Although there are numerous potential benefits to diversity in work groups, converging dimensions of diversity often prevent groups from exploiting this potential. In a study of heterogeneous decision-making groups, we examined whether the disruptive effects of diversity faultlines can be overcome by convincing groups of the value in diversity. Groups were either persuaded of the value of diversity or of the value of similarity for group performance, and they were provided with either homogeneous or heterogeneous information. As expected, informationally diverse groups performed better when they held pro-diversity rather than pro-similarity beliefs, whereas the performance of informationally homogeneous groups was unaffected by diversity beliefs. This effect was mediated by group-level information elaboration. Implications for diversity management in organizations are discussed.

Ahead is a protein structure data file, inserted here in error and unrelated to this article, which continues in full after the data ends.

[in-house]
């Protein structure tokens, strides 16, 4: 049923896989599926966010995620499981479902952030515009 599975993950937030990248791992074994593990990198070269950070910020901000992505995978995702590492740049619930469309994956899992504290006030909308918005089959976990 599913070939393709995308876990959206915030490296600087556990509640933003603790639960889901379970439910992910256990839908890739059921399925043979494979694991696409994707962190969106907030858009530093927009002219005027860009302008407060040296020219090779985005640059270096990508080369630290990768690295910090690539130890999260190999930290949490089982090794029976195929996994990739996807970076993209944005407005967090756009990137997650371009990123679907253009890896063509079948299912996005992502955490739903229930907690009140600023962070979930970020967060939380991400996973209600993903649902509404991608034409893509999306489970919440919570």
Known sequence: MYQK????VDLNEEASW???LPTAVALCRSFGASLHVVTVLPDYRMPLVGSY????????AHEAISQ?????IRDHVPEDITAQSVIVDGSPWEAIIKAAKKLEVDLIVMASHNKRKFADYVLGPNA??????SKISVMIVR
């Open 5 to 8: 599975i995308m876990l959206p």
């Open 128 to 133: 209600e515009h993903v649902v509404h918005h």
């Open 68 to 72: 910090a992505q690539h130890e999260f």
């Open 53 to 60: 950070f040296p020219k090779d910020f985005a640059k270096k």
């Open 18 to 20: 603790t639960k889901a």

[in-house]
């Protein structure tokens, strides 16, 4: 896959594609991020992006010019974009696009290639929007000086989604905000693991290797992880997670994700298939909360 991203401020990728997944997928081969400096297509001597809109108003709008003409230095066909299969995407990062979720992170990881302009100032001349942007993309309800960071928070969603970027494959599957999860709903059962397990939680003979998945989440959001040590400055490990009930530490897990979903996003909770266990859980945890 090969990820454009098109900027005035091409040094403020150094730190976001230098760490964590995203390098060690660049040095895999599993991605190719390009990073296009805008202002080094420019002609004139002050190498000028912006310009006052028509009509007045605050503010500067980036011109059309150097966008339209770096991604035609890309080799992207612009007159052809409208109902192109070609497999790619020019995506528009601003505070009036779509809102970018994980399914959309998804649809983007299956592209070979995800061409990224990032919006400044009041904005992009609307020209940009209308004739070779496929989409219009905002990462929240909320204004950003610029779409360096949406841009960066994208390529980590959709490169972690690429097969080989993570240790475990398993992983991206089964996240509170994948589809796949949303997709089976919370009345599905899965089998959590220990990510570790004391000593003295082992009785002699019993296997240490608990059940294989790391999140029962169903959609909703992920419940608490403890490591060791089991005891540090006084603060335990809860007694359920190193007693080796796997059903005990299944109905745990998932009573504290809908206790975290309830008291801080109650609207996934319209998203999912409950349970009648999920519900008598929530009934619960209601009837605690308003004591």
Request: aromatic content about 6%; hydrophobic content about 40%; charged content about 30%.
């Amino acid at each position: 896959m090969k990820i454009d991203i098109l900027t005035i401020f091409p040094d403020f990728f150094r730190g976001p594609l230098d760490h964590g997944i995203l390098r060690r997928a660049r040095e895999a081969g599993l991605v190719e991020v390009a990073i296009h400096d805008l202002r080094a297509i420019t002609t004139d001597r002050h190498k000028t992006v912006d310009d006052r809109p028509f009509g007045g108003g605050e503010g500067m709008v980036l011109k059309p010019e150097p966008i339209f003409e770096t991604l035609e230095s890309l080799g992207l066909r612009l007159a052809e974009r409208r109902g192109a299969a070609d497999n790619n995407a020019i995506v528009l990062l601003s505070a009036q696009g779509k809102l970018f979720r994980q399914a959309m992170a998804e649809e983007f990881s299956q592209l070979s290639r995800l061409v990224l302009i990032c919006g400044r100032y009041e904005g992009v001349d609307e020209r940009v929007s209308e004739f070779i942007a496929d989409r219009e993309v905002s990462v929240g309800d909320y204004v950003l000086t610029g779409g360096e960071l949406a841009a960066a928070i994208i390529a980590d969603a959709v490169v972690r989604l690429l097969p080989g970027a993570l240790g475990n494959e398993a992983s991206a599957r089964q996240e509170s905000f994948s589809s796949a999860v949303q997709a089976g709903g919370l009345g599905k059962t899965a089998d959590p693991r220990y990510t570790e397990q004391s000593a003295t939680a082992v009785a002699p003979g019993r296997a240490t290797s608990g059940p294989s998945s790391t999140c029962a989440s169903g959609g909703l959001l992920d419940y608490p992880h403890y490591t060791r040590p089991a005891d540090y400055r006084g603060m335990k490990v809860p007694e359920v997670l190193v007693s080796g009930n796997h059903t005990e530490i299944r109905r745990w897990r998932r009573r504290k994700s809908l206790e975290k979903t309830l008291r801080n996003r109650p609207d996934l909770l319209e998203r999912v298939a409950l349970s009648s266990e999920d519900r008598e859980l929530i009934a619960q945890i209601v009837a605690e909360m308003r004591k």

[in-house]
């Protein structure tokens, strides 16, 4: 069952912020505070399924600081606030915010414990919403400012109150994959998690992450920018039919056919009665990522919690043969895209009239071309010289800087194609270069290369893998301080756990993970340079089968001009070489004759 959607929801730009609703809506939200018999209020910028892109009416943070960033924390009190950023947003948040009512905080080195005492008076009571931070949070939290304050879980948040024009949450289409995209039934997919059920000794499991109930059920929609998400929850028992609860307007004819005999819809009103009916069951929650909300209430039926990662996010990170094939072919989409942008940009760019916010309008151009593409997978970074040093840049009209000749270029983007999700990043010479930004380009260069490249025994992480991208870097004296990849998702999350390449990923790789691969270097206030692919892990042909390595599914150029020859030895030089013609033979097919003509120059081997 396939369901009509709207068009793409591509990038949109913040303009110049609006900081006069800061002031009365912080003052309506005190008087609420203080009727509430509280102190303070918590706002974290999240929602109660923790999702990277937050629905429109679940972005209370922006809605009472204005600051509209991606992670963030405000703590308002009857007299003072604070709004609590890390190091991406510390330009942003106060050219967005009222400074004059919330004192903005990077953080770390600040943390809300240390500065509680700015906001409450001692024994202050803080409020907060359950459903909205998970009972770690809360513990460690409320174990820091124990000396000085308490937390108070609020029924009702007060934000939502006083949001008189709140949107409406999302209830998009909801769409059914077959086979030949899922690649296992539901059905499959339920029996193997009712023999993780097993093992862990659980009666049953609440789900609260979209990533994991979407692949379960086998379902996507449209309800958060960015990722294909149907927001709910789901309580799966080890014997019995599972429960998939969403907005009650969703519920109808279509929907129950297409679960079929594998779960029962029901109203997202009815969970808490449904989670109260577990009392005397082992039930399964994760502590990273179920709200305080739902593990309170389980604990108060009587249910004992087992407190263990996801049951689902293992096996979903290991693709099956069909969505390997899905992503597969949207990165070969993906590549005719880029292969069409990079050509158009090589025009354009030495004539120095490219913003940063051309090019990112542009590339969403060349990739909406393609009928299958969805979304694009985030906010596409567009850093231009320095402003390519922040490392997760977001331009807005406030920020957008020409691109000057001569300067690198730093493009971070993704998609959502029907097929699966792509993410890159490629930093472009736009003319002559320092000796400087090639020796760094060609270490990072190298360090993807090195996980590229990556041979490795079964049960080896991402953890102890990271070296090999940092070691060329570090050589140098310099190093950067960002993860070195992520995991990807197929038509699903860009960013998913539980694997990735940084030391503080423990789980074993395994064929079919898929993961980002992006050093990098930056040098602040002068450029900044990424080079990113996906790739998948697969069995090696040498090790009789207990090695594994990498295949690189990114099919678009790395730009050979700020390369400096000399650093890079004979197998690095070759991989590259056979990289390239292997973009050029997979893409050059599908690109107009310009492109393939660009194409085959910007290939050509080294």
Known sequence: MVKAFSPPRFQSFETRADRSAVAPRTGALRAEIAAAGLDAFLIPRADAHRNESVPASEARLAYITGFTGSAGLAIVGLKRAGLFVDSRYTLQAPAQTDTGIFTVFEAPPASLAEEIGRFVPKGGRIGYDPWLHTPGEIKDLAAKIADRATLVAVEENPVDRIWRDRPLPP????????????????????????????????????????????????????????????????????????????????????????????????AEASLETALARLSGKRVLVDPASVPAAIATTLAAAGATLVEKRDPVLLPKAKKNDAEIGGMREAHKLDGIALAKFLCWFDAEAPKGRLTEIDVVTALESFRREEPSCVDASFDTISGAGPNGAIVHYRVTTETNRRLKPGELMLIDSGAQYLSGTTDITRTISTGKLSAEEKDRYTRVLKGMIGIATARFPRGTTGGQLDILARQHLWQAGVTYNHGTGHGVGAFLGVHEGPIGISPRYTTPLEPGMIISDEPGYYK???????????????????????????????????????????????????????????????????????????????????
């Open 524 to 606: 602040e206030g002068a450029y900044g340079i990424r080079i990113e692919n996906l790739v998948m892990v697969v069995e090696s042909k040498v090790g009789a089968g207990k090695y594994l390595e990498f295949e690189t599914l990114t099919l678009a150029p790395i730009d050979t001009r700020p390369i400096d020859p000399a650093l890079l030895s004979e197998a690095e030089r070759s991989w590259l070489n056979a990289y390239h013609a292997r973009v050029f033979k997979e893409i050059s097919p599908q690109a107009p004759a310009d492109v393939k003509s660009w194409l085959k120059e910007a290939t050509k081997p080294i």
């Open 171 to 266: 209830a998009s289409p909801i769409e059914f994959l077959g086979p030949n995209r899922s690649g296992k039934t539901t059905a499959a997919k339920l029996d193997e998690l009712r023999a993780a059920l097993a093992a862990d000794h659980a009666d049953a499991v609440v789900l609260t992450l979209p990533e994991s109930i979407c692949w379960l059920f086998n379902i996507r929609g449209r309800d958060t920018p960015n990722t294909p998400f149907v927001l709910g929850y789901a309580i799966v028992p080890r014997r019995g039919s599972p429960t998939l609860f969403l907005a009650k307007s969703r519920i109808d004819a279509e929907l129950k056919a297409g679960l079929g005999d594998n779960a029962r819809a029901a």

, , , ,
, , ,
Erasmus Research Institute of Management
hdl.handle.net/1765/8496
ERIM Report Series Research in Management
ERIM report series research in management Erasmus Research Institute of Management
Erasmus Research Institute of Management

Homan, A.C, van Knippenberg, D.L, van Kleef, G.A, & de Dreu, C.K.W. (2006). Bridging Faultlines by Valuing Diversity: Diversity Beliefs, Information Elaboration, and Performance in Diverse Work Groups (No. ERS-2006-071-ORG). ERIM report series research in management Erasmus Research Institute of Management. Erasmus Research Institute of Management. Retrieved from http://hdl.handle.net/1765/8496